Brussels, 28 March 2013
Commission tables proposal for "Financial Discipline" for CAP Direct Payments in 2014 financial year
With the forecast for expenditure on CAP Direct Payments & Market measures for 2014 higher than the provisional ceiling for 2014 agreed by EU heads of government1, the European Commission has tabled a proposal for "Financial Discipline" to ensure that spending remains within budget limits. The concept, established in 2003 but never triggered until now, requires the Commission to make a proposal before the end of March introducing a linear cut in CAP Direct Payments in order to ensure that the ceiling for the CAP's first pillar in the forthcoming year is respected. The Commission proposal, which includes a threshold to exempt the first €5 000 of farmers' Direct Payments from any reduction, foresees a reduction of just under 5% (4.98%) in all Direct Payments – or an overall reduction of €1 471.4 million. This proposal relates to applications for Direct Payments in 2013, to be submitted by farmers in May 2013, and usually paid out in December 2013 (from the 2014 budget), but will not apply for Bulgaria, Romania and Croatia because the system of CAP Direct Payments is still being phased-in. This move follows the accord among EU heads of government1 to set a budget ceiling for 2014 which is roughly €800 million lower than the Commission proposed and to create a new market crisis reserve (worth €424.5 million) from within Heading 2 of the Multiannual Financial Framework (MFF), rather than from a separate reserve created outside the MFF as originally proposed by the Commission, and to finance it through financial discipline. Under the Regulation, the proposal needs to be adopted by the European Parliament and the Council by 30 June 2013. If not, the Commission is empowered to set the adjustment rate. The Commission will update its forecasts for market and direct payment spending for 2014 in the autumn, as usual, and, if necessary, propose an adjustment to the rate of financial discipline, which would then need to be adopted by the Council by December 1.
Taken together, CAP Direct Payments and Market measures are frequently known as the "First Pillar" of the CAP and are financed through the European Agricultural Guarantee Fund (EAGF). NB This proposal has no implications for Rural Development programmes (the "Second Pillar") which are financed through the European Agricultural Fund for Rural Development (EAFRD).
Compared to the Commission proposal of €42.36 billion in 2011 prices, the ceiling for 1st Pillar spending agreed by the February 7/8 European Council amounts to € 41.58 billion in 2011 prices, corresponding to € 44.13 billion in current prices. The financial discipline mechanism applies after taking into account the financial transfers to Rural Development, as well as the financing of the new agricultural crises reserve.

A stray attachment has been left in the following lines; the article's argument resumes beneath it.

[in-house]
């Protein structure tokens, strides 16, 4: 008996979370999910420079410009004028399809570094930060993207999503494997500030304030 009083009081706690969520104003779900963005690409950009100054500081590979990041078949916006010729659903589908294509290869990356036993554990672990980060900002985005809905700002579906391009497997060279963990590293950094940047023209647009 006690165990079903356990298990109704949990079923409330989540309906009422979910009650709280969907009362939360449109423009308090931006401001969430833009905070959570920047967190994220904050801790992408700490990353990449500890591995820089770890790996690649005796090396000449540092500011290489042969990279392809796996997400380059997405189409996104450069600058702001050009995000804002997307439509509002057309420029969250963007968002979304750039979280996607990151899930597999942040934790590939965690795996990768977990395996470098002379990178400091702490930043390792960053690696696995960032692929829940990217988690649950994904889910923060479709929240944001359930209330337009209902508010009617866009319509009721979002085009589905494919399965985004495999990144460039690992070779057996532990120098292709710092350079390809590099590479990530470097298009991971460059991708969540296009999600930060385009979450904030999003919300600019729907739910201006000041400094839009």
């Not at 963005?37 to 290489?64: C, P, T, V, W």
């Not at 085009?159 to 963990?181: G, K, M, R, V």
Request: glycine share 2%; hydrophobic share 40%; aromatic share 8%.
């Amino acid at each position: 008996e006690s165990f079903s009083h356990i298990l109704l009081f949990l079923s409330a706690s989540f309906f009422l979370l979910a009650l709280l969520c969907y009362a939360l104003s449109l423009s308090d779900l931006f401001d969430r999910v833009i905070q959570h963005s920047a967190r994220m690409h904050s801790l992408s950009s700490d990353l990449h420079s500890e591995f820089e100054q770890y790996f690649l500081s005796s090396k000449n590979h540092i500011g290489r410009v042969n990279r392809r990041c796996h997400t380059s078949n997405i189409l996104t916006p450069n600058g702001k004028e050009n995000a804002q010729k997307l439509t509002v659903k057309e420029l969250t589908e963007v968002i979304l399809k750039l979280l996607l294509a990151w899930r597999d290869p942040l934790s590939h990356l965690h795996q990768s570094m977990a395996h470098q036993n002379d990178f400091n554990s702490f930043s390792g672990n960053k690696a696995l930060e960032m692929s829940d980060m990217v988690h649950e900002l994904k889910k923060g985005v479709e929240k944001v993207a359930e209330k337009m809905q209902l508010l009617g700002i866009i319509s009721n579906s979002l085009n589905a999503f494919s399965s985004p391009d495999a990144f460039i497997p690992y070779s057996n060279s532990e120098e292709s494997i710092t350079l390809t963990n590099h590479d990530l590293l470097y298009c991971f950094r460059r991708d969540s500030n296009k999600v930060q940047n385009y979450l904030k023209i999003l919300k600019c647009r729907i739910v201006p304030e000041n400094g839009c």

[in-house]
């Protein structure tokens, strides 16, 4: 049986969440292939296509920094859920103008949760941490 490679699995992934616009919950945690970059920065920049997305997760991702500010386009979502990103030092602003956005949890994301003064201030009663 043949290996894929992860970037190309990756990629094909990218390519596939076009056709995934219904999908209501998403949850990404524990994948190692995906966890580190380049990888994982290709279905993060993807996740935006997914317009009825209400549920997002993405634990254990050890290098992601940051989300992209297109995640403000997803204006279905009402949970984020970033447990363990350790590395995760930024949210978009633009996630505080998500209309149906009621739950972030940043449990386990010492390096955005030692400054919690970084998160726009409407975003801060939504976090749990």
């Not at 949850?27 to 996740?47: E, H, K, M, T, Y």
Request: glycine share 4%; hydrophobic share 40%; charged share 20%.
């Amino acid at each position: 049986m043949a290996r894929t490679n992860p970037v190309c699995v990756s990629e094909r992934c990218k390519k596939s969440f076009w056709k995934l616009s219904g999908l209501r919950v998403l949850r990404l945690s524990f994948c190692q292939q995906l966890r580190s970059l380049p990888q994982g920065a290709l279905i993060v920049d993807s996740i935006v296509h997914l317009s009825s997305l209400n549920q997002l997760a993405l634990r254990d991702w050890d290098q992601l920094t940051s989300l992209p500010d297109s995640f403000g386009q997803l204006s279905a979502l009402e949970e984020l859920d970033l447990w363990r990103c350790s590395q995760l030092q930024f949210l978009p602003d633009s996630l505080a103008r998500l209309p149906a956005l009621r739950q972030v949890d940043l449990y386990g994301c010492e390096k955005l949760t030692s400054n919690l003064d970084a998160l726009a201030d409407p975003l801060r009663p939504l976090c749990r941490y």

The Commission is still preparing its Draft Budget for 2014, which will be published later in Spring. However, for the "Financial Discipline" instrument, the Commission is obliged to table a proposal before the end of March.
Although this is the first time that the Commission has proposed this instrument, it stated at the time of the 2003 agreement its intention to propose a €5 000 threshold in order to take account of the unequal distribution of direct payments between small and large beneficiaries. Based on previous figures, it will mean that more than 80% of beneficiaries will not be affected by this measure. This threshold is also in line with the compulsory modulation mechanism which applied in the 2007-2013 period, and is coherent with the Commission proposal on direct payments in the context of the CAP reform.
As a precautionary measure, the financial discipline proposal is based on the European Council conclusions on the MFF. However, the final calculation of the financial discipline rate depends on the EAGF sub-ceiling under Heading 2 to be fixed in the Council Regulation on the Multiannual Financial Framework for 2014-2020.
The February 7/8 Conclusions of the European Council on the 2014-2020 Multi-Annual Financial Framework (MFF) are still subject to the consent of the European Parliament. Nevertheless, the Commission has to take a realistic figure on which to base its calculations. It has therefore taken the budget sub-ceiling for the 1st Pillar in the Feb 8 Council Conclusions as the best working hypothesis. If need be, this figure can be updated when the MFF is definitively adopted.